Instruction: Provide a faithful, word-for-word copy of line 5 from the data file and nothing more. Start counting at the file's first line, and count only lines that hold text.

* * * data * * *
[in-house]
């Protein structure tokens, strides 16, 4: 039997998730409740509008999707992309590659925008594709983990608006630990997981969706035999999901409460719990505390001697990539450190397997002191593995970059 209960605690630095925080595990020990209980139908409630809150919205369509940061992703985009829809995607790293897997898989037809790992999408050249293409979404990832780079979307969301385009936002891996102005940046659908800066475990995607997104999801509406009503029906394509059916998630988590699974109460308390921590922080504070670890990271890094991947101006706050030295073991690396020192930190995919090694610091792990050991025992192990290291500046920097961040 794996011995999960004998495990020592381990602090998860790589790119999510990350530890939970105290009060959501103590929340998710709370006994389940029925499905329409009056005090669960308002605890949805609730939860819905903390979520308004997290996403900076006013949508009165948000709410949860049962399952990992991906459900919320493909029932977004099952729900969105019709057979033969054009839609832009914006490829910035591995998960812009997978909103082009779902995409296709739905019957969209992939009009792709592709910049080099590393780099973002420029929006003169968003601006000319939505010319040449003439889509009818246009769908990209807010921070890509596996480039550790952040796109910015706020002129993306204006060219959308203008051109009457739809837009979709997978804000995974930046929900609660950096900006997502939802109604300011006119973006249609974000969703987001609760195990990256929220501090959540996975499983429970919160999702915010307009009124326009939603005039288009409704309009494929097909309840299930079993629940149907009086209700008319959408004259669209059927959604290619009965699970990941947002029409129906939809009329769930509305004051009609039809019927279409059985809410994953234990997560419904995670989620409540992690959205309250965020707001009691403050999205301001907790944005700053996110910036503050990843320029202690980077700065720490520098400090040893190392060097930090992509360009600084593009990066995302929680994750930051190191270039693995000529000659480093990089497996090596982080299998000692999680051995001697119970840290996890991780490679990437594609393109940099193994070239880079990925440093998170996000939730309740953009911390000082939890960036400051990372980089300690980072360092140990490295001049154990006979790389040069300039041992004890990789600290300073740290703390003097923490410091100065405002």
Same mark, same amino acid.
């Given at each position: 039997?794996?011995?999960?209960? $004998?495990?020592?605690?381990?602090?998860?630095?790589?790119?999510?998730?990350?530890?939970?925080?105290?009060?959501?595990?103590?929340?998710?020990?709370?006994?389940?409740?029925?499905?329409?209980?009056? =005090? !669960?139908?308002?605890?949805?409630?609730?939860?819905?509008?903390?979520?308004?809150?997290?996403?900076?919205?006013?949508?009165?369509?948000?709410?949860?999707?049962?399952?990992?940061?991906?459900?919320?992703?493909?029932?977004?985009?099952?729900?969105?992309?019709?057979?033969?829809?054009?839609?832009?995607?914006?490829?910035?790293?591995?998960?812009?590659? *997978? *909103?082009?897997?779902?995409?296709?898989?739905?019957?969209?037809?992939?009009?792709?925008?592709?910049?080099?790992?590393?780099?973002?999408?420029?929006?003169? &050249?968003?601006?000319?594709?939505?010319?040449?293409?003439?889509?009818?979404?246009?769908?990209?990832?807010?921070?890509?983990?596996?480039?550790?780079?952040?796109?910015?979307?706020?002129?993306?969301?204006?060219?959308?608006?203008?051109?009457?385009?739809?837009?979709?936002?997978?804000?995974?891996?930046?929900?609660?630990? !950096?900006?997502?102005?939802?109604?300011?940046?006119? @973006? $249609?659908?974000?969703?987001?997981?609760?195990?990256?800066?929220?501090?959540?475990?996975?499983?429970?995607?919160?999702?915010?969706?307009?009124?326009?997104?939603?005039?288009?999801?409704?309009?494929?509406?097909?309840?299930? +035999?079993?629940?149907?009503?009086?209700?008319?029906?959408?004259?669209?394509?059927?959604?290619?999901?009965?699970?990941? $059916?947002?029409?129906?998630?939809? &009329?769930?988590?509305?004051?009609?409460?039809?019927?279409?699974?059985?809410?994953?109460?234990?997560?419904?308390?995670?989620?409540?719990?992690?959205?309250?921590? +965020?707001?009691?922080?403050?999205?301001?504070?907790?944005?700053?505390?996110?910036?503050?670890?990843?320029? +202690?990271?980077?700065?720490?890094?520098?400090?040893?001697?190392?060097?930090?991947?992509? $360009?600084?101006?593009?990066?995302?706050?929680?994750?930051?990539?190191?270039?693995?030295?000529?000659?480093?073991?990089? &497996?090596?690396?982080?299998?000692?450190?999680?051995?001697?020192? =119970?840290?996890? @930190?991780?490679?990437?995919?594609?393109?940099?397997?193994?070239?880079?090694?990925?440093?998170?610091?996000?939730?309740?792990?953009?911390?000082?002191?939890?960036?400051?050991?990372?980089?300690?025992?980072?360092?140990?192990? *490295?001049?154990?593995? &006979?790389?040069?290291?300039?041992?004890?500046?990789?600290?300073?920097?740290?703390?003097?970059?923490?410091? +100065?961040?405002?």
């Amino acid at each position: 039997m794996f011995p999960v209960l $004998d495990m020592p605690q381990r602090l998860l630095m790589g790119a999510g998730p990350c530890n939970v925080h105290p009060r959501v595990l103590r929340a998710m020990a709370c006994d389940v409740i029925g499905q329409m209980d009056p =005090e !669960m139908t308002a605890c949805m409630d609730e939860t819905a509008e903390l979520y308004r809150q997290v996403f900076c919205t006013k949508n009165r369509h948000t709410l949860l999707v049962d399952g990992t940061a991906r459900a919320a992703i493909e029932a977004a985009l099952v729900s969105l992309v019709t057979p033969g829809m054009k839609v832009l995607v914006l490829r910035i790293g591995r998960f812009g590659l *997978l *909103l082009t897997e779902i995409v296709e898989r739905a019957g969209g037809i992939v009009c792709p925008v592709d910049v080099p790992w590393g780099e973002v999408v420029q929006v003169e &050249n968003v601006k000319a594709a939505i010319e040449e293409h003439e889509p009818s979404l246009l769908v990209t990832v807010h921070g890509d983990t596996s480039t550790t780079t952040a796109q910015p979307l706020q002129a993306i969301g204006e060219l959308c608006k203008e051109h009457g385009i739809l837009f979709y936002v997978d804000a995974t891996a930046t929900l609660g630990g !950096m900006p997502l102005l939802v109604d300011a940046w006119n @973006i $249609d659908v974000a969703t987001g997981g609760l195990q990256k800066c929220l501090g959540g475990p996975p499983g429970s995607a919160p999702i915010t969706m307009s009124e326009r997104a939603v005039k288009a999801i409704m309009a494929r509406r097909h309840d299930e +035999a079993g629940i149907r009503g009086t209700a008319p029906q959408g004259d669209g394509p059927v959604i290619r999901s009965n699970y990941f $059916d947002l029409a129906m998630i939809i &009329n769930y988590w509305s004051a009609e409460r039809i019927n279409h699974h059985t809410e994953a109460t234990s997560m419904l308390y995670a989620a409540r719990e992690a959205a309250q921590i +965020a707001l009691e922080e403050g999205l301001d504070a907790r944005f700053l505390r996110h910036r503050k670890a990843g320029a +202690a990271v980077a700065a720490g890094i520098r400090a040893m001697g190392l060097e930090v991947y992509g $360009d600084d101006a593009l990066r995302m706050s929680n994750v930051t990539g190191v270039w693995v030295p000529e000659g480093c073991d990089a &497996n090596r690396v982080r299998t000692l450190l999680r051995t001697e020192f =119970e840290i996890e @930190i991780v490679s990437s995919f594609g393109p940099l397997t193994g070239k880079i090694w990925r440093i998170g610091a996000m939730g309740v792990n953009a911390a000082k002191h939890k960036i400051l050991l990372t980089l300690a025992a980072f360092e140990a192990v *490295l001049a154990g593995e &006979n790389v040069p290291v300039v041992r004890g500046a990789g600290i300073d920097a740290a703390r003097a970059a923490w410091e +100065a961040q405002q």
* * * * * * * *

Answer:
């Amino acid at each position: 039997m794996f011995p999960v209960l $004998d495990m020592p605690q381990r602090l998860l630095m790589g790119a999510g998730p990350c530890n939970v925080h105290p009060r959501v595990l103590r929340a998710m020990a709370c006994d389940v409740i029925g499905q329409m209980d009056p =005090e !669960m139908t308002a605890c949805m409630d609730e939860t819905a509008e903390l979520y308004r809150q997290v996403f900076c919205t006013k949508n009165r369509h948000t709410l949860l999707v049962d399952g990992t940061a991906r459900a919320a992703i493909e029932a977004a985009l099952v729900s969105l992309v019709t057979p033969g829809m054009k839609v832009l995607v914006l490829r910035i790293g591995r998960f812009g590659l *997978l *909103l082009t897997e779902i995409v296709e898989r739905a019957g969209g037809i992939v009009c792709p925008v592709d910049v080099p790992w590393g780099e973002v999408v420029q929006v003169e &050249n968003v601006k000319a594709a939505i010319e040449e293409h003439e889509p009818s979404l246009l769908v990209t990832v807010h921070g890509d983990t596996s480039t550790t780079t952040a796109q910015p979307l706020q002129a993306i969301g204006e060219l959308c608006k203008e051109h009457g385009i739809l837009f979709y936002v997978d804000a995974t891996a930046t929900l609660g630990g !950096m900006p997502l102005l939802v109604d300011a940046w006119n @973006i $249609d659908v974000a969703t987001g997981g609760l195990q990256k800066c929220l501090g959540g475990p996975p499983g429970s995607a919160p999702i915010t969706m307009s009124e326009r997104a939603v005039k288009a999801i409704m309009a494929r509406r097909h309840d299930e +035999a079993g629940i149907r009503g009086t209700a008319p029906q959408g004259d669209g394509p059927v959604i290619r999901s009965n699970y990941f $059916d947002l029409a129906m998630i939809i &009329n769930y988590w509305s004051a009609e409460r039809i019927n279409h699974h059985t809410e994953a109460t234990s997560m419904l308390y995670a989620a409540r719990e992690a959205a309250q921590i +965020a707001l009691e922080e403050g999205l301001d504070a907790r944005f700053l505390r996110h910036r503050k670890a990843g320029a +202690a990271v980077a700065a720490g890094i520098r400090a040893m001697g190392l060097e930090v991947y992509g $360009d600084d101006a593009l990066r995302m706050s929680n994750v930051t990539g190191v270039w693995v030295p000529e000659g480093c073991d990089a &497996n090596r690396v982080r299998t000692l450190l999680r051995t001697e020192f =119970e840290i996890e @930190i991780v490679s990437s995919f594609g393109p940099l397997t193994g070239k880079i090694w990925r440093i998170g610091a996000m939730g309740v792990n953009a911390a000082k002191h939890k960036i400051l050991l990372t980089l300690a025992a980072f360092e140990a192990v *490295l001049a154990g593995e &006979n790389v040069p290291v300039v041992r004890g500046a990789g600290i300073d920097a740290a703390r003097a970059a923490w410091e +100065a961040q405002q």